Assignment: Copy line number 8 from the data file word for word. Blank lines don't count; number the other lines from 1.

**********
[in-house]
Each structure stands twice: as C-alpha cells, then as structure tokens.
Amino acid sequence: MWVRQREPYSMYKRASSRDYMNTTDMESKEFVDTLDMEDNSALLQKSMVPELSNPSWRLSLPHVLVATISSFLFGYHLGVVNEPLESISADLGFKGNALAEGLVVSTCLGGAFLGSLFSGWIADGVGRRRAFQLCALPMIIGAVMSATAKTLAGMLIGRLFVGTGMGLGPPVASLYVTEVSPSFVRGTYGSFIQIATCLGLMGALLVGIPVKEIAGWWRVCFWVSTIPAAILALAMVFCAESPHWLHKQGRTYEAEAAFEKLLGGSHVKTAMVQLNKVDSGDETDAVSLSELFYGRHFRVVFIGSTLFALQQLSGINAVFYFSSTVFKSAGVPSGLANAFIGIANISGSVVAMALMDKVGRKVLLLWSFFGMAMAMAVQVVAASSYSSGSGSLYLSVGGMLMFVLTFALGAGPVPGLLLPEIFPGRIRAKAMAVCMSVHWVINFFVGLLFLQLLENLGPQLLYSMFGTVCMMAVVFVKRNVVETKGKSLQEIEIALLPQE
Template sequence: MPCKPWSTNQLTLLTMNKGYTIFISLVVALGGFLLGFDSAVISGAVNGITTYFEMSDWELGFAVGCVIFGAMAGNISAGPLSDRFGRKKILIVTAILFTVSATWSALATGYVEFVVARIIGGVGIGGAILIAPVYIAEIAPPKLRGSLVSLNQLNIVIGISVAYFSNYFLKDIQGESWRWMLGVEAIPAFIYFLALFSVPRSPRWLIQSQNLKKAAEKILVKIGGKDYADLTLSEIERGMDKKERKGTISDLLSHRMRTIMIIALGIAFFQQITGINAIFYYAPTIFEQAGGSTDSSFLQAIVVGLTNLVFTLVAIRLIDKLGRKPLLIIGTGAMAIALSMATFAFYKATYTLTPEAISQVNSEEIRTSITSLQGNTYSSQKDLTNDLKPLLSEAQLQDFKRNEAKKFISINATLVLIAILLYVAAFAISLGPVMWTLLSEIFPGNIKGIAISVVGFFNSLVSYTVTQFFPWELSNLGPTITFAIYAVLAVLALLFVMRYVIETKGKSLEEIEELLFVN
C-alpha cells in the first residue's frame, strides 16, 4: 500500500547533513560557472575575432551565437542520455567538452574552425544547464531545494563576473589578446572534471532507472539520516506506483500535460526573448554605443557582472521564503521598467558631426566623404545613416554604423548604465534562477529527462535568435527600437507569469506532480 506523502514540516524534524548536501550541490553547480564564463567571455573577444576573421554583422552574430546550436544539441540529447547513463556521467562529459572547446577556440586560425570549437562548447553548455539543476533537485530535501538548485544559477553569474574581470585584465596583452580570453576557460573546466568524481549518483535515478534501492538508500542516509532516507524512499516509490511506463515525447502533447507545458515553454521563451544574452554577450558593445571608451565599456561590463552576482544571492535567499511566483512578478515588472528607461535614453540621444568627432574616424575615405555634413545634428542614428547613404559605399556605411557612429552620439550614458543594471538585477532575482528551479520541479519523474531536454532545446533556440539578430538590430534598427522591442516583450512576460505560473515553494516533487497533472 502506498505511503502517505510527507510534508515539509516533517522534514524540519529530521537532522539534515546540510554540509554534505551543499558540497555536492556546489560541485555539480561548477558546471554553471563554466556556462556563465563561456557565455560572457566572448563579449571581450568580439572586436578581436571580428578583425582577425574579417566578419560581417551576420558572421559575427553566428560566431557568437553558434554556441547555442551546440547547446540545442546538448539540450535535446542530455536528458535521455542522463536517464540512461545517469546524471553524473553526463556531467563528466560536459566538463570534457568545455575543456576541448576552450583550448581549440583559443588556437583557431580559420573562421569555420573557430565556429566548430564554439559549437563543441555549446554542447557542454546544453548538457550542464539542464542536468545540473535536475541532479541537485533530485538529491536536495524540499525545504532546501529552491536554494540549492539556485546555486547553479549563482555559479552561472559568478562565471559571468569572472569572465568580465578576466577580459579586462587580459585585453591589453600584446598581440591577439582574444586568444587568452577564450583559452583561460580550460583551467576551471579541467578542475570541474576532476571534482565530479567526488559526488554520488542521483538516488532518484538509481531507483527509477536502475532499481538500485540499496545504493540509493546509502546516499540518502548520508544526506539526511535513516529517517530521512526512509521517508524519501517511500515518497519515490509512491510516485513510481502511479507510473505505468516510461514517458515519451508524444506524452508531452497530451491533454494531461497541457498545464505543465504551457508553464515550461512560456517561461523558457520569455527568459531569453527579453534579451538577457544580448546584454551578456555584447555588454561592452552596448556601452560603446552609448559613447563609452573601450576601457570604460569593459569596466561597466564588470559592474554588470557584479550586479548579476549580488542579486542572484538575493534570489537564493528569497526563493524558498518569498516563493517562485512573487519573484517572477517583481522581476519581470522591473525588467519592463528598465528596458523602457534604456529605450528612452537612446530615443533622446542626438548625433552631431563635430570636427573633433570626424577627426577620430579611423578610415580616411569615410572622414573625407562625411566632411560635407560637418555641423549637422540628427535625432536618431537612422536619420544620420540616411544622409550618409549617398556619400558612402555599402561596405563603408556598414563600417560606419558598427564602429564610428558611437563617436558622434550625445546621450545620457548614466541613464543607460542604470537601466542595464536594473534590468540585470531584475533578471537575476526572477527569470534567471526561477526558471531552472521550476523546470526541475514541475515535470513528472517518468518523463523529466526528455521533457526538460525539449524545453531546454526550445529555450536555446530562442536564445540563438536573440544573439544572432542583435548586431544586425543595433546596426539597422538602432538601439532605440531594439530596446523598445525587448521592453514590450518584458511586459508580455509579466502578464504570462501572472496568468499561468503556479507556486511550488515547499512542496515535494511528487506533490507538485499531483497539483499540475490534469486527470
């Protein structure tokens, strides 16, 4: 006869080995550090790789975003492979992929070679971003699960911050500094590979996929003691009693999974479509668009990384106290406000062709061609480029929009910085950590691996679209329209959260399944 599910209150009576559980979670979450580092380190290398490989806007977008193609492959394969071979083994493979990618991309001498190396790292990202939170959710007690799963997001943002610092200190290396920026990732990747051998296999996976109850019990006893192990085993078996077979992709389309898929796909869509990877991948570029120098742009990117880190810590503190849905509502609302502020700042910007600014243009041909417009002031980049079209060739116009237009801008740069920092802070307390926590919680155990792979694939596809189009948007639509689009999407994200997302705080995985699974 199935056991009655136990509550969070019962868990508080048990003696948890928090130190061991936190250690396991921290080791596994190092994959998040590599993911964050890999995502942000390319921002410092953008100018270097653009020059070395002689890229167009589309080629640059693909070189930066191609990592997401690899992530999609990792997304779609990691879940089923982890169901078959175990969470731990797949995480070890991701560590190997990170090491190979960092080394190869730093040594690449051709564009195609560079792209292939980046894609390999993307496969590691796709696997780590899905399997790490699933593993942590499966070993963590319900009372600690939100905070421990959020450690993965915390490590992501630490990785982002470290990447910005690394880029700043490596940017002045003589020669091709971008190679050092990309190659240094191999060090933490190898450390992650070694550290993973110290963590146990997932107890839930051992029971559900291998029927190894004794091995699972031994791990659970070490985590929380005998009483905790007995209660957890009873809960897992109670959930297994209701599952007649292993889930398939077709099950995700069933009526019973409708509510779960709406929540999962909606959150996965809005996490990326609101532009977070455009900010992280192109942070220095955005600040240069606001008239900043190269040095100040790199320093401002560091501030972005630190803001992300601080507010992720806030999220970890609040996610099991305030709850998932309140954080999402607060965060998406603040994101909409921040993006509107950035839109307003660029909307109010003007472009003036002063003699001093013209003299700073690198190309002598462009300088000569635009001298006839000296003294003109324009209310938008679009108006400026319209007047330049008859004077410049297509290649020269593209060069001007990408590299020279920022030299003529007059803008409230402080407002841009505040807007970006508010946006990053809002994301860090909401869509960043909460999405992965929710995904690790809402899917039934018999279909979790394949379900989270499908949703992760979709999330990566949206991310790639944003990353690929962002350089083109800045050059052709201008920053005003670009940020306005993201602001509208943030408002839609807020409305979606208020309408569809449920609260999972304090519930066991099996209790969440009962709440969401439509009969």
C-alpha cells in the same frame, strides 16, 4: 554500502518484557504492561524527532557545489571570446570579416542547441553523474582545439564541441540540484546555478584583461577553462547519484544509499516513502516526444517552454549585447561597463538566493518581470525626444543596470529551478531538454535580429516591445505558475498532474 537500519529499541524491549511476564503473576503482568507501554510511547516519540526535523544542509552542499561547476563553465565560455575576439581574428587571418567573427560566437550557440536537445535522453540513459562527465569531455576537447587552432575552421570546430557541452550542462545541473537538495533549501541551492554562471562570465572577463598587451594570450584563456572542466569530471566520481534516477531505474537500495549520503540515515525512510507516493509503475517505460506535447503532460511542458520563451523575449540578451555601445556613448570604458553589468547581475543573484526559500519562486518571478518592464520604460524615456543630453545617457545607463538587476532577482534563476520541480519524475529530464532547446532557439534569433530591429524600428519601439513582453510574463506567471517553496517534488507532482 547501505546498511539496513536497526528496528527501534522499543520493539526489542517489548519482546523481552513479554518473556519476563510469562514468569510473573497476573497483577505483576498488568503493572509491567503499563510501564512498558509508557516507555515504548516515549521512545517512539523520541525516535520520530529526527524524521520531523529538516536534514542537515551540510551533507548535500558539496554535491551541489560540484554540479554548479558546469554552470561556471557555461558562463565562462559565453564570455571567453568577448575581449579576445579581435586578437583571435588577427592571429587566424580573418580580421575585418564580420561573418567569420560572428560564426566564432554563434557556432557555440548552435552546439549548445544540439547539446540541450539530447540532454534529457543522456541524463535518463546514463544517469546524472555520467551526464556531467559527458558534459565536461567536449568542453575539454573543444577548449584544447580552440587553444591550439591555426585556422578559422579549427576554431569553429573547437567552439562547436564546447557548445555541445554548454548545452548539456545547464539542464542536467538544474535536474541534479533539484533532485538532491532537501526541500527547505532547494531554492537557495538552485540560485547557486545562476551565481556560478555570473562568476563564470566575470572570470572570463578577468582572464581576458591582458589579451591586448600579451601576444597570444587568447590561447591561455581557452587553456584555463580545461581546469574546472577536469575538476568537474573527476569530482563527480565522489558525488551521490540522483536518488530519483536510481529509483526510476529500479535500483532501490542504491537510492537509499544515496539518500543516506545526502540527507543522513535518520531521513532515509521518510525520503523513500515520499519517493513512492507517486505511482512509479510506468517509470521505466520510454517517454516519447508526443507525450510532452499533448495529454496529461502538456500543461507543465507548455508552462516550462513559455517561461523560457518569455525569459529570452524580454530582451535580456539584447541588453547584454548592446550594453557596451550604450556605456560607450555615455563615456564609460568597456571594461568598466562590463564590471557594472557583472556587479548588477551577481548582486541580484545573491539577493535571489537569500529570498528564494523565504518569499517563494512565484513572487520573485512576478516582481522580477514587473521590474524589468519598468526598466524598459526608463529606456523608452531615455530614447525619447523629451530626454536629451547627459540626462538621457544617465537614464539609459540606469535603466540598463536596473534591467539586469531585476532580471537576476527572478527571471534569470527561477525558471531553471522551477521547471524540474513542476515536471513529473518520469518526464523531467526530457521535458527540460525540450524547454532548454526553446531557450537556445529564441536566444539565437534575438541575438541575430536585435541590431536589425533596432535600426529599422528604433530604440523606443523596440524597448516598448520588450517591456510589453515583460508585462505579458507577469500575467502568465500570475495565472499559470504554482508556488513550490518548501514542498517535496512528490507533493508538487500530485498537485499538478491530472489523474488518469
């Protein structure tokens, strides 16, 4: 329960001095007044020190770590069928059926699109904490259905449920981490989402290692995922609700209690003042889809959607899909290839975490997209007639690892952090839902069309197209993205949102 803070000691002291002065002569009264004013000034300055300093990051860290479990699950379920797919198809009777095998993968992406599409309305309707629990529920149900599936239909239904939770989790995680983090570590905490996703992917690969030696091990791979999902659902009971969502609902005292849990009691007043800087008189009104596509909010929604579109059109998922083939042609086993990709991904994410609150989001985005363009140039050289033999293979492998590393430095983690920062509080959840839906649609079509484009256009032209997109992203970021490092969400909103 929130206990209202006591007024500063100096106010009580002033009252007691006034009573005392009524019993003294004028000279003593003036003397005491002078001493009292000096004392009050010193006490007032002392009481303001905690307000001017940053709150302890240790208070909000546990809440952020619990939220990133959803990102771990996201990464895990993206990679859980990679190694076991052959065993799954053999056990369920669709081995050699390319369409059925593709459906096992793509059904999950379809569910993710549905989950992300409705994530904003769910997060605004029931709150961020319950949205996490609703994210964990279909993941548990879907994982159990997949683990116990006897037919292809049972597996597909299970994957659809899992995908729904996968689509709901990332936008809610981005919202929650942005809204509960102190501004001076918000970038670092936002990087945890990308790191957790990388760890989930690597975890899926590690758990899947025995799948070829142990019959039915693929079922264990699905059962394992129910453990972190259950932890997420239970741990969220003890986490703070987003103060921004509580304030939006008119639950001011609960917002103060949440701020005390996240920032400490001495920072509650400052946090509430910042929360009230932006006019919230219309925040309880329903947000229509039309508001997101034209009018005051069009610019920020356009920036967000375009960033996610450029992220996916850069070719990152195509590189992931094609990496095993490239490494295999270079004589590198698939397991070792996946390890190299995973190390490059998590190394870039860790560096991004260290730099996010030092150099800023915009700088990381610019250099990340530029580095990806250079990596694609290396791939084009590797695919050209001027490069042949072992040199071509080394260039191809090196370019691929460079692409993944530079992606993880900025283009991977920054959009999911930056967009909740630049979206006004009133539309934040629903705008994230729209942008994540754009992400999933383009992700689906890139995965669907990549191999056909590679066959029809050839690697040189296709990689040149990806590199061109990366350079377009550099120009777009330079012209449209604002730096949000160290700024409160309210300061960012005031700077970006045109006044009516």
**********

């Protein structure tokens, strides 16, 4: 329960001095007044020190770590069928059926699109904490259905449920981490989402290692995922609700209690003042889809959607899909290839975490997209007639690892952090839902069309197209993205949102 803070000691002291002065002569009264004013000034300055300093990051860290479990699950379920797919198809009777095998993968992406599409309305309707629990529920149900599936239909239904939770989790995680983090570590905490996703992917690969030696091990791979999902659902009971969502609902005292849990009691007043800087008189009104596509909010929604579109059109998922083939042609086993990709991904994410609150989001985005363009140039050289033999293979492998590393430095983690920062509080959840839906649609079509484009256009032209997109992203970021490092969400909103 929130206990209202006591007024500063100096106010009580002033009252007691006034009573005392009524019993003294004028000279003593003036003397005491002078001493009292000096004392009050010193006490007032002392009481303001905690307000001017940053709150302890240790208070909000546990809440952020619990939220990133959803990102771990996201990464895990993206990679859980990679190694076991052959065993799954053999056990369920669709081995050699390319369409059925593709459906096992793509059904999950379809569910993710549905989950992300409705994530904003769910997060605004029931709150961020319950949205996490609703994210964990279909993941548990879907994982159990997949683990116990006897037919292809049972597996597909299970994957659809899992995908729904996968689509709901990332936008809610981005919202929650942005809204509960102190501004001076918000970038670092936002990087945890990308790191957790990388760890989930690597975890899926590690758990899947025995799948070829142990019959039915693929079922264990699905059962394992129910453990972190259950932890997420239970741990969220003890986490703070987003103060921004509580304030939006008119639950001011609960917002103060949440701020005390996240920032400490001495920072509650400052946090509430910042929360009230932006006019919230219309925040309880329903947000229509039309508001997101034209009018005051069009610019920020356009920036967000375009960033996610450029992220996916850069070719990152195509590189992931094609990496095993490239490494295999270079004589590198698939397991070792996946390890190299995973190390490059998590190394870039860790560096991004260290730099996010030092150099800023915009700088990381610019250099990340530029580095990806250079990596694609290396791939084009590797695919050209001027490069042949072992040199071509080394260039191809090196370019691929460079692409993944530079992606993880900025283009991977920054959009999911930056967009909740630049979206006004009133539309934040629903705008994230729209942008994540754009992400999933383009992700689906890139995965669907990549191999056909590679066959029809050839690697040189296709990689040149990806590199061109990366350079377009550099120009777009330079012209449209604002730096949000160290700024409160309210300061960012005031700077970006045109006044009516």